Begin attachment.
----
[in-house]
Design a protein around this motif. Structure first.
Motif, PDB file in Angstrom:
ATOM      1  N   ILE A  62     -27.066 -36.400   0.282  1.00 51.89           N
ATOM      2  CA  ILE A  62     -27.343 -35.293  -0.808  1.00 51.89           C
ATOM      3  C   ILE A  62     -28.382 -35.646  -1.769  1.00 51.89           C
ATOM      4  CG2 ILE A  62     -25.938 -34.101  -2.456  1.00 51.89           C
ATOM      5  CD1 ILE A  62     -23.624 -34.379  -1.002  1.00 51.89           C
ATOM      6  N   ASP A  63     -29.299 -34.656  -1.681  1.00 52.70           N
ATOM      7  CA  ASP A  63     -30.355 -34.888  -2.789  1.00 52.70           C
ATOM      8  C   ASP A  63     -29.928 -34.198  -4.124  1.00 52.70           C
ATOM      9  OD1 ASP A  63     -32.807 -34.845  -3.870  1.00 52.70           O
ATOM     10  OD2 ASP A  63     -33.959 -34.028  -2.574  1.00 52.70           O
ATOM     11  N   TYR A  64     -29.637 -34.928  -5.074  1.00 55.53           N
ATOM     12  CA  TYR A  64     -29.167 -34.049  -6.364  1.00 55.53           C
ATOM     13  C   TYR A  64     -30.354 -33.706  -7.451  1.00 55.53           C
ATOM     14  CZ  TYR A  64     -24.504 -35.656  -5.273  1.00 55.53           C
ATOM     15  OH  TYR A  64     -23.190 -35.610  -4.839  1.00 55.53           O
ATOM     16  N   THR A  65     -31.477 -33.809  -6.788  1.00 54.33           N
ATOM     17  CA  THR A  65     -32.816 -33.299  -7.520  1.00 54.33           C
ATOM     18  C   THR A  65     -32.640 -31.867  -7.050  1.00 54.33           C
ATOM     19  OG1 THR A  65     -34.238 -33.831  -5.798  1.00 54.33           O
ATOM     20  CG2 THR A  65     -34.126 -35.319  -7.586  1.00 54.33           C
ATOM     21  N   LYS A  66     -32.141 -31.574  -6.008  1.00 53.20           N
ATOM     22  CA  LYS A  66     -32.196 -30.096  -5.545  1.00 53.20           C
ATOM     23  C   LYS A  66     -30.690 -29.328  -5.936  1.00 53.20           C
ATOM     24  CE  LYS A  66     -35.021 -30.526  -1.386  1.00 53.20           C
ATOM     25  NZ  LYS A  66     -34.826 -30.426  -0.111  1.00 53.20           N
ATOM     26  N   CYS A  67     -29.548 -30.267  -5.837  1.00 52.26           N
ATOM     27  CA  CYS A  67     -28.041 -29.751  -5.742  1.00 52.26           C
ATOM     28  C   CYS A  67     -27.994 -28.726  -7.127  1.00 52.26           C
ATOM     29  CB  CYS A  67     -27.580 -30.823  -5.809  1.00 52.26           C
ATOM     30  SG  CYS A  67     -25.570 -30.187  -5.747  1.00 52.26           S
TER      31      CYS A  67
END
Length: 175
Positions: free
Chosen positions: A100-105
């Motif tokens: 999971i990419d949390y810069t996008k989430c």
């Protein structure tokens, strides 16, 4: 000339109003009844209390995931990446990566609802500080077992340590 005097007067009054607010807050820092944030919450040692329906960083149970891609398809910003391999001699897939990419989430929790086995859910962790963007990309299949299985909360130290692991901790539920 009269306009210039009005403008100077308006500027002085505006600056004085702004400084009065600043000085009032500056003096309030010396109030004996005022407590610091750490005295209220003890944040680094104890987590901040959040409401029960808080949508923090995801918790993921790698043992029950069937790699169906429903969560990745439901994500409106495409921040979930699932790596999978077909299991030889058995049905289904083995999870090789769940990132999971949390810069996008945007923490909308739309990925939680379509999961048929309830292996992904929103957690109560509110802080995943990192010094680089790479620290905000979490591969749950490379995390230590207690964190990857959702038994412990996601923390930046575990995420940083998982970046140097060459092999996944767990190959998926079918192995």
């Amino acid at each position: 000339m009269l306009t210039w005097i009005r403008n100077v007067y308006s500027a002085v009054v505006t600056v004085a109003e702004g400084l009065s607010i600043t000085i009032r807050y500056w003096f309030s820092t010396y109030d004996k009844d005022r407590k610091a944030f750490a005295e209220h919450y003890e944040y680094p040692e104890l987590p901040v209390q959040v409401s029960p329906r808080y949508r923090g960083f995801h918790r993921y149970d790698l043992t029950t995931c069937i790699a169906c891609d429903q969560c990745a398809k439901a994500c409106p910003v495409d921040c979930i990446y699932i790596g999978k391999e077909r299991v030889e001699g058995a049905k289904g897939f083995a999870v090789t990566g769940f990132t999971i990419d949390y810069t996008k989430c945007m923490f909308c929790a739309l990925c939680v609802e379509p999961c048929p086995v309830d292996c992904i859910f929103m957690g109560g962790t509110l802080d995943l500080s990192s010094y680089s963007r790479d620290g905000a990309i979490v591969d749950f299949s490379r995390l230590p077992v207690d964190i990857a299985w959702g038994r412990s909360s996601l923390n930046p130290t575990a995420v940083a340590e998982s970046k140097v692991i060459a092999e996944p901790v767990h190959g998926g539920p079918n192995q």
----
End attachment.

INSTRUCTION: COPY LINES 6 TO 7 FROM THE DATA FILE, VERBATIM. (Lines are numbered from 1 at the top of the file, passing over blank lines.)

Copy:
ATOM      3  C   ILE A  62     -28.382 -35.646  -1.769  1.00 51.89           C
ATOM      4  CG2 ILE A  62     -25.938 -34.101  -2.456  1.00 51.89           C